Realising that it really was all over her eyes filled with tears and she cried and cried and cried. She cried for such a long time that her tears formed a large pool, and that pool we know today as the Alumine Lake. From there, the water spilled into all the other streams and rivers of the south that we see today.

And since that day, in the clear and calm Patagonian nights, those limpid waters reflect Cuyen’s eternal yet hopeless love for Antú.

 

 

The tale of Copahue

The village of Copahue can be found in the Andes, some 2000 metres above sea-level and set in a wild landscape moulded by storming winds, creeping glaciers and endless volcanic eruptions. Today it is known for its thermal springs. Here is a legend of how it got its name.

There was once a people who lived high in the Andes. Theirs was a peaceful land, and little ever happened to disturb the tranquillity of the region.

The chieftain of this tribe had a young son called Copahue. One day, bored with life, Copahue decided to explore what lay beyond the mountains where he lived. He gathered together a few friends and set out in search of adventure.

On the morning of the third day Copahue left the others and went for a walk in a leafy forest near where they had camped. Through the trees he saw a crystal blue lake, and swimming in it, all alone, was the most beautiful girl he had ever seen. Tall and slender, she had shining black hair that reached to her waist. He stood, watching her, mesmerised. She saw him, smiled, came modestly out of the water and walked towards him.

Little did Copahue know, nor could,  that this lovely apparition was in fact a witch, who had guided Copahue to this place with a charm. In his love and ignorance Copahue fell head-over-heels in love with her and, surprisingly, she fell in love with him too. Love conquers all, and in this case it transformed the witch’s evil intentions into those of a normal human being.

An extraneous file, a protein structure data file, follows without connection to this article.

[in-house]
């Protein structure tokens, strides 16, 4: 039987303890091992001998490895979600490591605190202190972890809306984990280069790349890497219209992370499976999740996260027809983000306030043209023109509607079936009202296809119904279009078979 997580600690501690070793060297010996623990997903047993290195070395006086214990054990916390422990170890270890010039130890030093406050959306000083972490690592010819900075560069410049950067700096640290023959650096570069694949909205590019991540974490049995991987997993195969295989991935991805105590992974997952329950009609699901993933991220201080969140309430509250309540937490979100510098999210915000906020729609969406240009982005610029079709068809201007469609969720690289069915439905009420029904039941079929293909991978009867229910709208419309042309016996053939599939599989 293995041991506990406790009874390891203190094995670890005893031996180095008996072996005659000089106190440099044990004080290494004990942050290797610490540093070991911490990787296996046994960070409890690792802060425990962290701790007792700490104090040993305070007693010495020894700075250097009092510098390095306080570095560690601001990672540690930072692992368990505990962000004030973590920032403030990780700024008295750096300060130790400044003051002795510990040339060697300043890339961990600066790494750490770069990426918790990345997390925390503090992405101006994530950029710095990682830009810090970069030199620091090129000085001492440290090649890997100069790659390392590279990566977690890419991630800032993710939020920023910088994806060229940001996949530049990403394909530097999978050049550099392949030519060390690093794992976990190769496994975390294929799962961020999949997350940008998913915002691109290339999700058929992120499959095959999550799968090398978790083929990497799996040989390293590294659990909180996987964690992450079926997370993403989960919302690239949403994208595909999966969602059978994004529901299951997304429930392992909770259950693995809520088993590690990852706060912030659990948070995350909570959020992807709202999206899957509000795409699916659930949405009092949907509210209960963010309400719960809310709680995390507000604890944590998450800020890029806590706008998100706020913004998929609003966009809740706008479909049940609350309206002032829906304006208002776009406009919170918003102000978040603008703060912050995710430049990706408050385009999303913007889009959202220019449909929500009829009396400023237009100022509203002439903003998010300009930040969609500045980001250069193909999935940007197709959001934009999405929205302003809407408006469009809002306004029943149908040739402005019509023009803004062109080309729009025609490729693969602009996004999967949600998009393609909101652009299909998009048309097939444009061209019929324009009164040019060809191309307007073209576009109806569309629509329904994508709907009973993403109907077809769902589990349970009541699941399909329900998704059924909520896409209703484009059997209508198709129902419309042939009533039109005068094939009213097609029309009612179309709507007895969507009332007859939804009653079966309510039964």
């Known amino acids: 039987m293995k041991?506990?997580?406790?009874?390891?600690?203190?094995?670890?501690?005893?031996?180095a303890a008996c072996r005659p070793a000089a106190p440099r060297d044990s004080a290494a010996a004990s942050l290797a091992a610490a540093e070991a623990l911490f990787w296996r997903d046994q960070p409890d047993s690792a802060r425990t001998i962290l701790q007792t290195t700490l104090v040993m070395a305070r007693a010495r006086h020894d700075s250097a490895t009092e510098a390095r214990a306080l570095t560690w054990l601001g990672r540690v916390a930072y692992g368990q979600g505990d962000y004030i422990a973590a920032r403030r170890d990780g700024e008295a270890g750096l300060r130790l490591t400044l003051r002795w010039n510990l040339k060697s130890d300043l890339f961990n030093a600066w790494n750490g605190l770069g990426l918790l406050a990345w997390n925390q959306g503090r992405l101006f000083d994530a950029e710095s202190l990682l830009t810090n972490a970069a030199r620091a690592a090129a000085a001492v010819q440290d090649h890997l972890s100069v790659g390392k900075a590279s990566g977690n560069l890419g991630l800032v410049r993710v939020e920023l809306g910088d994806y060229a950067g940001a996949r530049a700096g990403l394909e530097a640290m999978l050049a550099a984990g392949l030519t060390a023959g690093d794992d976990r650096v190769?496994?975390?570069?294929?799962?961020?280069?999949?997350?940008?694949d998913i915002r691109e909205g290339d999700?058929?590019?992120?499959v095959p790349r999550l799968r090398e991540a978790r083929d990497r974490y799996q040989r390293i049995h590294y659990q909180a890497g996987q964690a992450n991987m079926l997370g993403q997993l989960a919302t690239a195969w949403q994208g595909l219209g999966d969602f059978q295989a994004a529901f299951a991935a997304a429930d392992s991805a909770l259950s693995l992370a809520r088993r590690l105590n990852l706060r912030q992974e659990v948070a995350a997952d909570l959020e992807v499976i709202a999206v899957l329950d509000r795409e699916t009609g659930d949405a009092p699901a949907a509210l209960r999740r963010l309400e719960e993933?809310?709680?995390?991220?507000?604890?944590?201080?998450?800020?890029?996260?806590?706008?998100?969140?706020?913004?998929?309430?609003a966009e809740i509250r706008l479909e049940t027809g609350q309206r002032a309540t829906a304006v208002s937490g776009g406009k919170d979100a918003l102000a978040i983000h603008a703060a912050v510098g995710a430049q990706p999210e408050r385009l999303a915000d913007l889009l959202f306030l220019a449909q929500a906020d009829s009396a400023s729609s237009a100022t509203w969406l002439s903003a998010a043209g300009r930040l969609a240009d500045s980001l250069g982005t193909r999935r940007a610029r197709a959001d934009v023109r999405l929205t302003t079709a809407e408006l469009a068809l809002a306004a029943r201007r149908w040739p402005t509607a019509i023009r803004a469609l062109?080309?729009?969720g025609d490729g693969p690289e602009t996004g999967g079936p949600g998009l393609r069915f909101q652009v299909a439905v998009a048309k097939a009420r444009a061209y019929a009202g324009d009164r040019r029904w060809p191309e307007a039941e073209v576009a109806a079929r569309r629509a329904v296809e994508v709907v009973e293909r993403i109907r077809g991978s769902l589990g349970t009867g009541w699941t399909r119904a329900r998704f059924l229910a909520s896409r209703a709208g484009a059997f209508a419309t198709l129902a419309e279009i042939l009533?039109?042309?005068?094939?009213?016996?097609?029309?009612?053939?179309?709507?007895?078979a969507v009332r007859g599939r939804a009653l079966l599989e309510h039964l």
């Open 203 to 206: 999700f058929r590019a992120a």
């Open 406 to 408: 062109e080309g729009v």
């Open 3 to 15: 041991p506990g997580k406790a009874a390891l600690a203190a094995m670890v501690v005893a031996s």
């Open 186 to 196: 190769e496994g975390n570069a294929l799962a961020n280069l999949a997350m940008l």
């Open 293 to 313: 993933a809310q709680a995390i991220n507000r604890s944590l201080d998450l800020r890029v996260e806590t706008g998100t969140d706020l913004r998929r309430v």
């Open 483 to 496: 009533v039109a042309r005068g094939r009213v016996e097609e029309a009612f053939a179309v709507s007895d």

Their love was real, and Copahue and the beautiful girl, who not only had long dark hair but also had flashing black eyes to match, decided to get married. But when they heard of this the other people of the tribe were against the union. For them the girl was an outsider, and they feared the unknown. A meeting of the elders was called, and they forbade the marriage on pain of death.

The two young people didn’t care. They were in love, and that was all that mattered to them. So they disobeyed the tribal elders and got married anyway. But punishment was at hand, and even though Copahue’s son was the chief of the tribe justice must be met. After a second, brief meeting of the elders Copahue was condemned to death for disobeying the orders of his father and the elders. He was dragged from his home to the edge of the village and hanged from the branch of an algarrobo tree.

On hearing his sentence his young wife had run away; there was no place for her there now. She ran and ran and ran, until she found herself back by the lake where they had met. Here she sat down and started to cry.  Her tears fell into the lake, and immediately the water started to turn yellow, and then to boil. A horrible, sulphur like smell filled the air. The girl, who was a witch we should perhaps remember, threw herself into the steaming pool and was seen no more.

Today this place is called Copahue, and can be found in Ñorquín, in the north of Neuquén Province. If you find yourself there some time enjoying the thermal springs, do remember the fate of Copahue and the girl he loved.